In the News

“Guatemala expects to double exports
to Mexico with trade agreement,”
El Mercurio, 01/09/2013

According to official data, Guatemala’s exports to Mexico reached 550.1 million dollars in 2012.

“Commerce secretary touts opportunities in Mexico, Pacific trade pact,”
Los Angeles Times, 17/09/2013

Recently installed US Secretary of Commerce Penny Pritzker said trade opportunities with Mexico will expand as economic and security conditions improve in America’s southern neighbor.

“Bolivia grants Mexican firm a portion of interoceanic highway,”
El Mercurio, 21/09/2013
Tradeco will be in charge of the 122 million-dollar expansion of a 69.7 kilometer portion of the highway in a two and a half year period.

“China and Mexico vow to boost
cooperation,”
Xinhua, 05/09/2013

Xi Jinping says China-Mexico relations have entered a new phase, and that the two countries should continue to boost bilateral investment and economic cooperation. Enrique Peña Nieto said the consensus reached by the two leaders in June is now being implemented carefully in Mexico. He says Mexico welcomes more investment from Chinese companies, to help with infrastructure construction, and that the government will ensure that more Chinese products can enter Mexico.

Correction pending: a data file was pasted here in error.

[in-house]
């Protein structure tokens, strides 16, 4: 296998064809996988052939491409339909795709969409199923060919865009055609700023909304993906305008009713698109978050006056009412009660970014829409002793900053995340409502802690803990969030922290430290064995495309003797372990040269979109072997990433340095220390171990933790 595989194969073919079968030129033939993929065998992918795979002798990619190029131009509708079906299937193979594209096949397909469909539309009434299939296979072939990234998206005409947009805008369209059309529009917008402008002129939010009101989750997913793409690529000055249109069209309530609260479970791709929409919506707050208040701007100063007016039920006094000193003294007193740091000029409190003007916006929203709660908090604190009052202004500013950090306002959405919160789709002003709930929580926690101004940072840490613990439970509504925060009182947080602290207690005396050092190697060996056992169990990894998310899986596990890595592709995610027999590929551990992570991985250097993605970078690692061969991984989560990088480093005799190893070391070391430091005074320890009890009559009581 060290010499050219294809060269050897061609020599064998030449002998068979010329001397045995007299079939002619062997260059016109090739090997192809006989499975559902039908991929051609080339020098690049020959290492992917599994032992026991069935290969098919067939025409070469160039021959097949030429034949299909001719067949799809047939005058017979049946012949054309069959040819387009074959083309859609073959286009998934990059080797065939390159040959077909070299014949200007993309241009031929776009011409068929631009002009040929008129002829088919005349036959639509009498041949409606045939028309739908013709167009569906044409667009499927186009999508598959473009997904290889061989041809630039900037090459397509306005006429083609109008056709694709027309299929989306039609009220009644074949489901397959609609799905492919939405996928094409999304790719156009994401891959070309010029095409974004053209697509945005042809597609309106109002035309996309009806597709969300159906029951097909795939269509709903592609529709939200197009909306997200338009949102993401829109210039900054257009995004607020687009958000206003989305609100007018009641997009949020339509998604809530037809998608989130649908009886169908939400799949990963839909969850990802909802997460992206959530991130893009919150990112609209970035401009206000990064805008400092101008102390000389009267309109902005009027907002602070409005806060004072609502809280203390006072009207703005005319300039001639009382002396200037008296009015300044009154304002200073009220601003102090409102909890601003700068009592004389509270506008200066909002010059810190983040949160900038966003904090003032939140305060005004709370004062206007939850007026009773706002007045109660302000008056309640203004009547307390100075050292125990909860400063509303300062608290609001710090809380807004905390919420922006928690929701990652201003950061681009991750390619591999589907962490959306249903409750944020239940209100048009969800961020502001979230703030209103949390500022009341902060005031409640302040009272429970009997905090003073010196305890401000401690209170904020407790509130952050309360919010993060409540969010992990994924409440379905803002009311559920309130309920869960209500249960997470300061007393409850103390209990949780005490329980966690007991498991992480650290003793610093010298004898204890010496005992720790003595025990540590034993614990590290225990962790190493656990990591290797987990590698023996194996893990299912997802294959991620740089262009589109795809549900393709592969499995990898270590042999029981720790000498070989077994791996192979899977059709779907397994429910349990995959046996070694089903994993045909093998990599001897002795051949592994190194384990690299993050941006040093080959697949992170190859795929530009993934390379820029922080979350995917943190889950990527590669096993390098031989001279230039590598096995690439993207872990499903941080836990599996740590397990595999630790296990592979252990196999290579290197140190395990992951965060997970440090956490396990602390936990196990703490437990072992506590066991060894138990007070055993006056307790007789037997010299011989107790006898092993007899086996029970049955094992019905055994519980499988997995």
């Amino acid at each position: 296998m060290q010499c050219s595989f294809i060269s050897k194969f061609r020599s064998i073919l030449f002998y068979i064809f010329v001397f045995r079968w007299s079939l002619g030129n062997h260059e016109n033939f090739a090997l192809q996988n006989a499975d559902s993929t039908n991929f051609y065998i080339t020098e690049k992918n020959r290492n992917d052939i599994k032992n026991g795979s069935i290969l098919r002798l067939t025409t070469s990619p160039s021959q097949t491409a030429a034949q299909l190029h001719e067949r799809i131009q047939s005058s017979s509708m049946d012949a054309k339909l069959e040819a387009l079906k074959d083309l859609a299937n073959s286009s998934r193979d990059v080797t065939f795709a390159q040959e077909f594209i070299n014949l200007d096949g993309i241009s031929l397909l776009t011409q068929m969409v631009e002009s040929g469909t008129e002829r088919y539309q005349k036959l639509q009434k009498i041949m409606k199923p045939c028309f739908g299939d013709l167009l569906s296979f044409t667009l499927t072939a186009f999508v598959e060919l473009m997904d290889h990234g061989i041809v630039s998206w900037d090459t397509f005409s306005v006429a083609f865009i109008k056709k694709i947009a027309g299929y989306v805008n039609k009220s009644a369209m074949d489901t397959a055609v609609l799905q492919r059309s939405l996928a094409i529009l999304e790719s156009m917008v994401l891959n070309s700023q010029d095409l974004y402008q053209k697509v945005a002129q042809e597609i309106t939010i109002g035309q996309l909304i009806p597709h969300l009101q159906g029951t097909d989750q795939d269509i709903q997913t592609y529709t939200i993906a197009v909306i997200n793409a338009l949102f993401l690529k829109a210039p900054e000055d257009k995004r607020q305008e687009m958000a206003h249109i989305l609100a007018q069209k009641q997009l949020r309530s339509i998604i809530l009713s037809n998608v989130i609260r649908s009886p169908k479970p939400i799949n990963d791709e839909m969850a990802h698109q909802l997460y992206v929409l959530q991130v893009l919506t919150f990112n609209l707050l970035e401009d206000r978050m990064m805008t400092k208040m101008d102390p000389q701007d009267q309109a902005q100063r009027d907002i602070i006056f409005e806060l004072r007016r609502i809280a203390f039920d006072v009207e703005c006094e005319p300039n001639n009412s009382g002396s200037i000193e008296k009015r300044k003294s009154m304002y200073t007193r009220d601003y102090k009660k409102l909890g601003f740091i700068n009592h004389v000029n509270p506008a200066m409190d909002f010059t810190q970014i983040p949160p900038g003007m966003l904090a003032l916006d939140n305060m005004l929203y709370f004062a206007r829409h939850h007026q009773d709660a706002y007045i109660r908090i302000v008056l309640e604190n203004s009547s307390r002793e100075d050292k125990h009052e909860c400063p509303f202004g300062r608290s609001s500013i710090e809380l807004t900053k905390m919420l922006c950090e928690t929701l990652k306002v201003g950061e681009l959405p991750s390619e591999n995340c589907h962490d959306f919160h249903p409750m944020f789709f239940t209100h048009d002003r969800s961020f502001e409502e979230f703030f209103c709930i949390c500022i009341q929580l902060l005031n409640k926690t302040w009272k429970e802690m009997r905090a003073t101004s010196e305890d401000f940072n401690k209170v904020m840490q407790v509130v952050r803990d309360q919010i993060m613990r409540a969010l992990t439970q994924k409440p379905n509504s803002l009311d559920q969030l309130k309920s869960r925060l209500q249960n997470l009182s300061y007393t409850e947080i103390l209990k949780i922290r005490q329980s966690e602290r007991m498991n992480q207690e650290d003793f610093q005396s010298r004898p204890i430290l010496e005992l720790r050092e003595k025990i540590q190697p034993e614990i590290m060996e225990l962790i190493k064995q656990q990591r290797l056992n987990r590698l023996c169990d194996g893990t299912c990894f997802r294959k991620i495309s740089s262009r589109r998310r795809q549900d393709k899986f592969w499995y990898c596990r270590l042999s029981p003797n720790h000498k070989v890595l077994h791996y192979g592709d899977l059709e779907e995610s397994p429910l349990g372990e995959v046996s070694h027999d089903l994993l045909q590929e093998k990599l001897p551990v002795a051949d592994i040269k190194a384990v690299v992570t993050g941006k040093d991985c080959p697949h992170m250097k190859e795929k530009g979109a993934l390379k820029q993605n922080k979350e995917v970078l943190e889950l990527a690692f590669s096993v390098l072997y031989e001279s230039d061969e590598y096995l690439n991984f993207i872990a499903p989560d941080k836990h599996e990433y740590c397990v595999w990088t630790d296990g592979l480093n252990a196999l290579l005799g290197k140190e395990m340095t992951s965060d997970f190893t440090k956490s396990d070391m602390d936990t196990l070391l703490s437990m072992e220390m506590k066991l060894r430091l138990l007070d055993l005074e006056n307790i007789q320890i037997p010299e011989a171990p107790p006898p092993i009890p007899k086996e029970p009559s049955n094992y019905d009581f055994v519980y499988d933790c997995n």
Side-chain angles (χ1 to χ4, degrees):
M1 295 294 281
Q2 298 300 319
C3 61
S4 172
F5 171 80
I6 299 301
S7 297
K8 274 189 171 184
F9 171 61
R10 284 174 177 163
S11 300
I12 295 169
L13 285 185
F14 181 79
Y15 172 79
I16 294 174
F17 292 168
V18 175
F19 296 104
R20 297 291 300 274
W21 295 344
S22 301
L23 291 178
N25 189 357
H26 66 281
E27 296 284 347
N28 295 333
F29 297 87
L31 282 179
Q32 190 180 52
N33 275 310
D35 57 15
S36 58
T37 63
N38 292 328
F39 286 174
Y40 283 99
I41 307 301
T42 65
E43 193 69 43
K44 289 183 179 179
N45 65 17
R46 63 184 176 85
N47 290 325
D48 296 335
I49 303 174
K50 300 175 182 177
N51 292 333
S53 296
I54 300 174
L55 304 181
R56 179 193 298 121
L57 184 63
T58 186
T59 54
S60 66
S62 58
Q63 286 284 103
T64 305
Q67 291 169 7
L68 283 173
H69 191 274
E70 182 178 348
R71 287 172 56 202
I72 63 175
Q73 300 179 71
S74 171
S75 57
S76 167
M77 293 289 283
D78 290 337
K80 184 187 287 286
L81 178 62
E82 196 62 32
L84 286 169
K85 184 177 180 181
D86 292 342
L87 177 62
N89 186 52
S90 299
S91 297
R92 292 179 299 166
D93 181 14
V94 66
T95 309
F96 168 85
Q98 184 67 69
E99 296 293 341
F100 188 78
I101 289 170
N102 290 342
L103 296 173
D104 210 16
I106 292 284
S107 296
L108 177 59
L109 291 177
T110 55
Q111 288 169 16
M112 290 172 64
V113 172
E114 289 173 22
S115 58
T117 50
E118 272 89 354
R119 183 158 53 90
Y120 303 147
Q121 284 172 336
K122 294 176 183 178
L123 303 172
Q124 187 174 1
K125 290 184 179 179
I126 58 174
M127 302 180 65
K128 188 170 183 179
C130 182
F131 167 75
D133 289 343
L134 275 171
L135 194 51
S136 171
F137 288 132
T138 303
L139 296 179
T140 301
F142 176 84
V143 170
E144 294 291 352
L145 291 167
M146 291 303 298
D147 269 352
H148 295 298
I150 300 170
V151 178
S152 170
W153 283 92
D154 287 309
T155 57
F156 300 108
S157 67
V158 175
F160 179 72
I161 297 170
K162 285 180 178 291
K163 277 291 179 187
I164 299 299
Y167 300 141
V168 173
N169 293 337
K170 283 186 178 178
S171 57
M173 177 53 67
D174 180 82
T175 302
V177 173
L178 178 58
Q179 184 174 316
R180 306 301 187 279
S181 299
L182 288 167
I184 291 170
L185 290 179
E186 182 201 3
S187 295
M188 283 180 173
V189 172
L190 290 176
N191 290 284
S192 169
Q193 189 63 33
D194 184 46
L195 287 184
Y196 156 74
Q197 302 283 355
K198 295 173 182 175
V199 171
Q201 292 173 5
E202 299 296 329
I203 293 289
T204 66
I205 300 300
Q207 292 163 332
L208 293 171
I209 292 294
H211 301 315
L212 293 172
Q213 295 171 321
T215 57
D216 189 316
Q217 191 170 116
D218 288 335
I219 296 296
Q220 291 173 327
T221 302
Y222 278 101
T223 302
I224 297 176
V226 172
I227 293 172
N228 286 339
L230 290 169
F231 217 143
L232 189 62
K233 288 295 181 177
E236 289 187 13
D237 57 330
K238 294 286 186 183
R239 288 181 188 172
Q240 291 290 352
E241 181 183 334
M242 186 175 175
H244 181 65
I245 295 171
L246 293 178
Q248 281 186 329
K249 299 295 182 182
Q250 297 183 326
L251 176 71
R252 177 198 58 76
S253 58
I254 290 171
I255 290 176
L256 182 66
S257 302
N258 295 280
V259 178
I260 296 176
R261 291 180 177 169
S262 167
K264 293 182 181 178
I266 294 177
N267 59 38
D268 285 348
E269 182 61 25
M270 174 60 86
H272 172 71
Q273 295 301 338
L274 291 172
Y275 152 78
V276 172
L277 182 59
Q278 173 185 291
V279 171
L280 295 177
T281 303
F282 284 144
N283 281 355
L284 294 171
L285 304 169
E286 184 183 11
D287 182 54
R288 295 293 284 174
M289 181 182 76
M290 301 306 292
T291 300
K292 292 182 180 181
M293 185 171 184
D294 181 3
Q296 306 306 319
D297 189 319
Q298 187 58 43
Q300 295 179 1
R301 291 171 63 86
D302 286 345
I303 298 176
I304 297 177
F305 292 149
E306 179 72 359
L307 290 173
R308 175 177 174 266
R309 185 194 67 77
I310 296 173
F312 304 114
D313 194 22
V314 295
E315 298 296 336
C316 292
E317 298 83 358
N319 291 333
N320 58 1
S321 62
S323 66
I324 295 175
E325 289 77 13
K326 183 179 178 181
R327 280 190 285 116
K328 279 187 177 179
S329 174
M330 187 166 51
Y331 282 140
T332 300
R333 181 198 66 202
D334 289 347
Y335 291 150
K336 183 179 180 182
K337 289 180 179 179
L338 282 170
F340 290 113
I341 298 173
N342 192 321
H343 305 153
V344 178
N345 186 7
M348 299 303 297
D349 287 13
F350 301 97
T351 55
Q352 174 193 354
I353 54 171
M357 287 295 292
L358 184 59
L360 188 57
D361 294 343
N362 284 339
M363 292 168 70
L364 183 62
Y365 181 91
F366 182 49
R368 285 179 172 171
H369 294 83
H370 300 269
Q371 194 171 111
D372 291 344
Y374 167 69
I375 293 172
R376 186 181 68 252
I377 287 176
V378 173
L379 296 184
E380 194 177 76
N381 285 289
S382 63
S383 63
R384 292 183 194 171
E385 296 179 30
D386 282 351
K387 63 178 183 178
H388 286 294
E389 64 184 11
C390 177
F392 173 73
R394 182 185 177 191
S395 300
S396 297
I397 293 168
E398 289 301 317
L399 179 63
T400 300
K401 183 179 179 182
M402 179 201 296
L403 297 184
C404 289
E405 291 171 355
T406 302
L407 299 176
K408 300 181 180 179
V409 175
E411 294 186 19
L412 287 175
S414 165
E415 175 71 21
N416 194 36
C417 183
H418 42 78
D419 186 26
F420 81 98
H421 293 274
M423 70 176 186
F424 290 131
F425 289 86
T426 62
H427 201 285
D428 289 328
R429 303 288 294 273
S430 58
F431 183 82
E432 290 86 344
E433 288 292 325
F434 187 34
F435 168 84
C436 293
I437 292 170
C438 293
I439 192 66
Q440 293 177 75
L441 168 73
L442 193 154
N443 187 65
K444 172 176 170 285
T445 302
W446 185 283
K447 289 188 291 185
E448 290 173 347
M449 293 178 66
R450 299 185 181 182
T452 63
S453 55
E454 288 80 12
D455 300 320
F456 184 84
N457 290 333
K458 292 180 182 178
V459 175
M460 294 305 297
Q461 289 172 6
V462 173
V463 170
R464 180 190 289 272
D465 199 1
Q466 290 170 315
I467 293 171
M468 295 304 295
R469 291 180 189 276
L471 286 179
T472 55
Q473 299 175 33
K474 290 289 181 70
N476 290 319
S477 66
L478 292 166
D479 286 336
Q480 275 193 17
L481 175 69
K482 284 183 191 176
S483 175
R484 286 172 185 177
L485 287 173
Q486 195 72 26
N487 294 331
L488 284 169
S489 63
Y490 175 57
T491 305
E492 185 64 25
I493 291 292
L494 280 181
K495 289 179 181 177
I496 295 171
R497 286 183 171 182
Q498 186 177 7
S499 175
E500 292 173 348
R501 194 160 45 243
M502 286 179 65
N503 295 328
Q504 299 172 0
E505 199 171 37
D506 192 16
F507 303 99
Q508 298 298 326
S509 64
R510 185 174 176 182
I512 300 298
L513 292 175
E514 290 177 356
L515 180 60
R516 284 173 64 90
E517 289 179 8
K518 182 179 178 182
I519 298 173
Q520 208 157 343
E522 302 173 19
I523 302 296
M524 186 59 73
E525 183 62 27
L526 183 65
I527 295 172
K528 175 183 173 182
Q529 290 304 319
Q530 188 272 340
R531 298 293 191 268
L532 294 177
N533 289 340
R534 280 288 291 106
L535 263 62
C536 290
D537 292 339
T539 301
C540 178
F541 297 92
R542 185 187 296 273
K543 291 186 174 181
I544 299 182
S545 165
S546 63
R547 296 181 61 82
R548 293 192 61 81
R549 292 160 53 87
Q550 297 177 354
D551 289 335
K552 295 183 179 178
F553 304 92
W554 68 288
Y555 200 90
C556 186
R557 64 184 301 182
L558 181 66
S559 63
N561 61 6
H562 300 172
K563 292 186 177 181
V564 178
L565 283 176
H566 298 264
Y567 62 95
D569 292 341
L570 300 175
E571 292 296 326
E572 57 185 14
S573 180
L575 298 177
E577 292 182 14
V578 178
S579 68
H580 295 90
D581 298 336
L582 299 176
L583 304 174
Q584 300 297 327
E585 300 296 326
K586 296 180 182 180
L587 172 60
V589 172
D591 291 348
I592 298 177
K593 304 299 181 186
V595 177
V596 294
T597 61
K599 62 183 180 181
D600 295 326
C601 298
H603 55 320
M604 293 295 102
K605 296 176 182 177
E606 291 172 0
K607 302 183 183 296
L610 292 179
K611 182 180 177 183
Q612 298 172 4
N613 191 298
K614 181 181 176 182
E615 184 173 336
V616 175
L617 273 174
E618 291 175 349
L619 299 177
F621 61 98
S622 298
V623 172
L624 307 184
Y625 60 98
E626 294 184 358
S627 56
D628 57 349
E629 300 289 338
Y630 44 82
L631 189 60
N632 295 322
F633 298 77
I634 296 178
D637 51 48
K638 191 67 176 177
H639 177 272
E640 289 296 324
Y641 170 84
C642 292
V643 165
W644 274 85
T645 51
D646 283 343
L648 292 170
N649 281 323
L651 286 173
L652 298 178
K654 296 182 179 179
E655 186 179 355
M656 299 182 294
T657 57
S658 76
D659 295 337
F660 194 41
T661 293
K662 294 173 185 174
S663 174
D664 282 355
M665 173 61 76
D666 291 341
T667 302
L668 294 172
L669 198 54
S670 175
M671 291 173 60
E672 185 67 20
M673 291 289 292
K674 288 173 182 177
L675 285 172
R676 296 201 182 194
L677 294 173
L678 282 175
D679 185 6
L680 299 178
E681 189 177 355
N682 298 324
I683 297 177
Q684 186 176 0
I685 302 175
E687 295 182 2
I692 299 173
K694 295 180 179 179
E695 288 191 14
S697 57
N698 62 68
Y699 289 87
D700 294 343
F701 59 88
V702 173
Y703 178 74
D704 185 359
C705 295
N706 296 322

“Mexico’s Calderón leads probe
of climate change economics,”
Bloomberg, 24/09/2013
Former Mexican President Felipe Calderón is spearheading a study sponsored by seven countries into the economics of climate change, seeking to elucidate the financial benefits of reducing carbon emissions.

One comment

  1. Regarding the reduction of carbon dioxide (CO2) in the atmosphere, a recent study of ice core samples in the Greenland’s glacier that goes back to 1950, show that the level of CO2 increased until 1979, and then went down to a level below 1950, Reasons given included the addition of the catalytic converter on cars, and cleaner fuels used in industry. Regarding atmospheric CO2 and forests, pictures from satellites following forest fires, show that the surrounding forests turn greener due to additional growth. Forests the world over are dying due to the low level of CO2 in the atmosphere. In greenhouses, growers increase the CO2 level to increase plant growth. Thus reductions in CO2 atmospheric levels, will result in reductions of food production. Further reductions have already occurred with the development of GMO food crops

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